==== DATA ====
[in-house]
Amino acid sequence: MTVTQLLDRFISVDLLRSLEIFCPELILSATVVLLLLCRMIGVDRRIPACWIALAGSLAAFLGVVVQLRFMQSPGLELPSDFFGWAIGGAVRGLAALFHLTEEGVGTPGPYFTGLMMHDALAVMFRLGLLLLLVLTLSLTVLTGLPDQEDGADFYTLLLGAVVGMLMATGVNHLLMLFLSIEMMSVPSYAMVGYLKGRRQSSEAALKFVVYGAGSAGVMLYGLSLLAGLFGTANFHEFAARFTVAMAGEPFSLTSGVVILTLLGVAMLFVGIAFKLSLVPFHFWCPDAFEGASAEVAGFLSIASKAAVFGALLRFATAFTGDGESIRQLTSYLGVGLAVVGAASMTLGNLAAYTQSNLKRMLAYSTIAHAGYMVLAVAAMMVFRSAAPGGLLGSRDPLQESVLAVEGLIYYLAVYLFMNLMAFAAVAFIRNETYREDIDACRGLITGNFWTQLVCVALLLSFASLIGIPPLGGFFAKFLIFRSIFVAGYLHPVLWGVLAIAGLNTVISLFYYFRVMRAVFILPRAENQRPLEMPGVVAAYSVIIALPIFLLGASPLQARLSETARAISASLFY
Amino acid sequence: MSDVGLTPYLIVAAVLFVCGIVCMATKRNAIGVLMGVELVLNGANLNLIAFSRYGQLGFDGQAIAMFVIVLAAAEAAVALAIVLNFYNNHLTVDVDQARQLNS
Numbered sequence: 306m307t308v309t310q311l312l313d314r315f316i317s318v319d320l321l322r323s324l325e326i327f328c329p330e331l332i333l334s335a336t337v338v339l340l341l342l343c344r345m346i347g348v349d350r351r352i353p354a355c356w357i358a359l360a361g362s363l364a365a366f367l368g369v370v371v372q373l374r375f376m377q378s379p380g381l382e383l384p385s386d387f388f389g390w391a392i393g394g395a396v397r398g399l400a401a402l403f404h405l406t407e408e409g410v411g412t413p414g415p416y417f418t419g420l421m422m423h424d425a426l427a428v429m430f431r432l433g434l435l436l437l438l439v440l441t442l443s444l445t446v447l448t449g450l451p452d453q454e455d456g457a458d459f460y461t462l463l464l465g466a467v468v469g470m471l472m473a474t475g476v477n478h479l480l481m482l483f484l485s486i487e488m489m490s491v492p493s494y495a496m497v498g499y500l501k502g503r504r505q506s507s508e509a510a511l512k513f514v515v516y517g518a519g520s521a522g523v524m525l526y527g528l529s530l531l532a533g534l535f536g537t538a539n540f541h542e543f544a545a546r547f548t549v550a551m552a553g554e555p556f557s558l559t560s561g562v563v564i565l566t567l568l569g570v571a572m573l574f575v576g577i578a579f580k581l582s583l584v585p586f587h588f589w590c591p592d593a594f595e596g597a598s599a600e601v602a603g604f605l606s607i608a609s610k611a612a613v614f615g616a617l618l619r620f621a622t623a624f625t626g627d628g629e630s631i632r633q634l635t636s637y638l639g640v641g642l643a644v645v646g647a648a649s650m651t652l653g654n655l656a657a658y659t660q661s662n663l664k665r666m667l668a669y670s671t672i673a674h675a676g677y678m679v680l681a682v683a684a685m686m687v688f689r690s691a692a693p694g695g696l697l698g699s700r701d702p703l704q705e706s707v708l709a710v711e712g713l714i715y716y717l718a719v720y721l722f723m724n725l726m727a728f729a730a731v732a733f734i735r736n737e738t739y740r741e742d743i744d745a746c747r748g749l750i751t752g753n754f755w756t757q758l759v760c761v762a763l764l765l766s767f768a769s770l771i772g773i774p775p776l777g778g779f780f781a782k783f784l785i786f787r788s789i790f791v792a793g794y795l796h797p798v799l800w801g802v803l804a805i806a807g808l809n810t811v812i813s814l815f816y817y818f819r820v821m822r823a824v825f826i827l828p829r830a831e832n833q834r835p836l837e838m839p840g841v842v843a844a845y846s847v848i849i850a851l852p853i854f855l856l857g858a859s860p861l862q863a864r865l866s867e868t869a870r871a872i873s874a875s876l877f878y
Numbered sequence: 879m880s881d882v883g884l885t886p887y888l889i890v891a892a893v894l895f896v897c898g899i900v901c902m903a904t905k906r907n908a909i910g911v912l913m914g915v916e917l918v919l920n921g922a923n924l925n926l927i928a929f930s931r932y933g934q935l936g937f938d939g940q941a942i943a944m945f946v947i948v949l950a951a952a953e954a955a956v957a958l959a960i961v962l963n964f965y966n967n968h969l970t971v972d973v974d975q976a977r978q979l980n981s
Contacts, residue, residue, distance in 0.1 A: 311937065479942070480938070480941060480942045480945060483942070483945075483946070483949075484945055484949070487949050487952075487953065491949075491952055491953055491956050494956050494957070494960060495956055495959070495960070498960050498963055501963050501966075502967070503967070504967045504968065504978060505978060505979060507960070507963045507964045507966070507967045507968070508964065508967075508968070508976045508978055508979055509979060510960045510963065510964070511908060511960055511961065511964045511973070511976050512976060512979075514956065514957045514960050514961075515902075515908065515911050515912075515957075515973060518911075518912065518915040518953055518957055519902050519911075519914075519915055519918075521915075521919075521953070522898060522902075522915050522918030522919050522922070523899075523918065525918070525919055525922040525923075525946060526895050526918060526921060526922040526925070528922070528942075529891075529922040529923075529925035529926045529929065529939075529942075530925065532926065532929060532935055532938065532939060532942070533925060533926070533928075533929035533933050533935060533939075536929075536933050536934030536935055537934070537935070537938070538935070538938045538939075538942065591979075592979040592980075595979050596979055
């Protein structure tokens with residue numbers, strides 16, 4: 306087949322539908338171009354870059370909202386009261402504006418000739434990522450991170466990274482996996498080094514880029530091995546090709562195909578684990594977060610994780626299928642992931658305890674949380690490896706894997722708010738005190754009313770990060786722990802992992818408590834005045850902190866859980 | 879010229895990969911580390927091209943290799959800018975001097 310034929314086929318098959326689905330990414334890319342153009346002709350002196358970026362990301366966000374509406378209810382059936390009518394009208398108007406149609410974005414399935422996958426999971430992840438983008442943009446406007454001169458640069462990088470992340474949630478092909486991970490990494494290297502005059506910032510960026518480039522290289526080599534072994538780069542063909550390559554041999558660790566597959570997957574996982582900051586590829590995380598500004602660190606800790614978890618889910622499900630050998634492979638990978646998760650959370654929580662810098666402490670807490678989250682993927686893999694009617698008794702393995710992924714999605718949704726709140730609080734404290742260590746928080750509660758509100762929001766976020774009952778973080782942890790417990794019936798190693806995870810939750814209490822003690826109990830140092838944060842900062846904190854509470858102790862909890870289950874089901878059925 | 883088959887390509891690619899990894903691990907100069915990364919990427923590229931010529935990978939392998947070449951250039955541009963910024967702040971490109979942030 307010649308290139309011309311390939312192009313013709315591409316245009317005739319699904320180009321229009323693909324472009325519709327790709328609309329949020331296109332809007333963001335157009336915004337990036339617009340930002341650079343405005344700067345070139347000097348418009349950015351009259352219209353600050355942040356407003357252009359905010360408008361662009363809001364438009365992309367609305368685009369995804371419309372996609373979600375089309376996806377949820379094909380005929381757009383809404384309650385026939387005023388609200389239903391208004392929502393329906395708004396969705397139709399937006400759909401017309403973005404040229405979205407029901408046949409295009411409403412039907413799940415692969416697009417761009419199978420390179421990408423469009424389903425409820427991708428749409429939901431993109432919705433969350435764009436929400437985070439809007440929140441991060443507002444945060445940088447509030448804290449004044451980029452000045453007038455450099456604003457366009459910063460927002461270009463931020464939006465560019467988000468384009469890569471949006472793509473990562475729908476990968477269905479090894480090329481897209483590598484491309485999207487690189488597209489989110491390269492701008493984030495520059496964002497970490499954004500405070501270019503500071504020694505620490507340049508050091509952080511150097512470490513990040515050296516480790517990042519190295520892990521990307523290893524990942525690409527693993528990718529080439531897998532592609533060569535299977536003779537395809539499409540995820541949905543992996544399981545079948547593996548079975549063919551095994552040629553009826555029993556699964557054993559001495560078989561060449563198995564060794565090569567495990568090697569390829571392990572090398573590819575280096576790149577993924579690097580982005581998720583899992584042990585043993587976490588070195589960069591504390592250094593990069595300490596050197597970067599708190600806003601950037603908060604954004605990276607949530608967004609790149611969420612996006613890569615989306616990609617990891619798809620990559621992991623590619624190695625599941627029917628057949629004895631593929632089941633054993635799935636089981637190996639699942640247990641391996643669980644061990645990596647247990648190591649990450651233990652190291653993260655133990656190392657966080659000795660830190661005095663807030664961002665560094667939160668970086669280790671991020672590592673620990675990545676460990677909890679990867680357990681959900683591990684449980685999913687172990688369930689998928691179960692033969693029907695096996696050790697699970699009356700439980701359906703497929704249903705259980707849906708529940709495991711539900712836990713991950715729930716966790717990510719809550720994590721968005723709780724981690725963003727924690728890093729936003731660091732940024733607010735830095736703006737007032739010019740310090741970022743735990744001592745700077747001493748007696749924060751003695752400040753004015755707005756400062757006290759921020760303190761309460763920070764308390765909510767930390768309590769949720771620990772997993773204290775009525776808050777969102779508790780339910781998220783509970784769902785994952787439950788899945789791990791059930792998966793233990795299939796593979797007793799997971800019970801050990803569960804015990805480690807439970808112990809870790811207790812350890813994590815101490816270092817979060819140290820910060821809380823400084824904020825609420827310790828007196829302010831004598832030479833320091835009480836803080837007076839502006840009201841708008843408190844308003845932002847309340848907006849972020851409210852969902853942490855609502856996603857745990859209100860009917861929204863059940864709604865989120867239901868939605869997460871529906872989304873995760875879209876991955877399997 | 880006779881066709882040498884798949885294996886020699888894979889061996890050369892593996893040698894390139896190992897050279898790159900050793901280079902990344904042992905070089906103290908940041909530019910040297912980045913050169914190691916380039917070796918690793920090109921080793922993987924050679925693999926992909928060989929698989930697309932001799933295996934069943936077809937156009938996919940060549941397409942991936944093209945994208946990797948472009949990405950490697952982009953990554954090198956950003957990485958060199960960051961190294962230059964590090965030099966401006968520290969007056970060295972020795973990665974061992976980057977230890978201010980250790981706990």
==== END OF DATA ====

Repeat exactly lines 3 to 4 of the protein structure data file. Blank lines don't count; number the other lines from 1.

Amino acid sequence: MSDVGLTPYLIVAAVLFVCGIVCMATKRNAIGVLMGVELVLNGANLNLIAFSRYGQLGFDGQAIAMFVIVLAAAEAAVALAIVLNFYNNHLTVDVDQARQLNS
Numbered sequence: 306m307t308v309t310q311l312l313d314r315f316i317s318v319d320l321l322r323s324l325e326i327f328c329p330e331l332i333l334s335a336t337v338v339l340l341l342l343c344r345m346i347g348v349d350r351r352i353p354a355c356w357i358a359l360a361g362s363l364a365a366f367l368g369v370v371v372q373l374r375f376m377q378s379p380g381l382e383l384p385s386d387f388f389g390w391a392i393g394g395a396v397r398g399l400a401a402l403f404h405l406t407e408e409g410v411g412t413p414g415p416y417f418t419g420l421m422m423h424d425a426l427a428v429m430f431r432l433g434l435l436l437l438l439v440l441t442l443s444l445t446v447l448t449g450l451p452d453q454e455d456g457a458d459f460y461t462l463l464l465g466a467v468v469g470m471l472m473a474t475g476v477n478h479l480l481m482l483f484l485s486i487e488m489m490s491v492p493s494y495a496m497v498g499y500l501k502g503r504r505q506s507s508e509a510a511l512k513f514v515v516y517g518a519g520s521a522g523v524m525l526y527g528l529s530l531l532a533g534l535f536g537t538a539n540f541h542e543f544a545a546r547f548t549v550a551m552a553g554e555p556f557s558l559t560s561g562v563v564i565l566t567l568l569g570v571a572m573l574f575v576g577i578a579f580k581l582s583l584v585p586f587h588f589w590c591p592d593a594f595e596g597a598s599a600e601v602a603g604f605l606s607i608a609s610k611a612a613v614f615g616a617l618l619r620f621a622t623a624f625t626g627d628g629e630s631i632r633q634l635t636s637y638l639g640v641g642l643a644v645v646g647a648a649s650m651t652l653g654n655l656a657a658y659t660q661s662n663l664k665r666m667l668a669y670s671t672i673a674h675a676g677y678m679v680l681a682v683a684a685m686m687v688f689r690s691a692a693p694g695g696l697l698g699s700r701d702p703l704q705e706s707v708l709a710v711e712g713l714i715y716y717l718a719v720y721l722f723m724n725l726m727a728f729a730a731v732a733f734i735r736n737e738t739y740r741e742d743i744d745a746c747r748g749l750i751t752g753n754f755w756t757q758l759v760c761v762a763l764l765l766s767f768a769s770l771i772g773i774p775p776l777g778g779f780f781a782k783f784l785i786f787r788s789i790f791v792a793g794y795l796h797p798v799l800w801g802v803l804a805i806a807g808l809n810t811v812i813s814l815f816y817y818f819r820v821m822r823a824v825f826i827l828p829r830a831e832n833q834r835p836l837e838m839p840g841v842v843a844a845y846s847v848i849i850a851l852p853i854f855l856l857g858a859s860p861l862q863a864r865l866s867e868t869a870r871a872i873s874a875s876l877f878y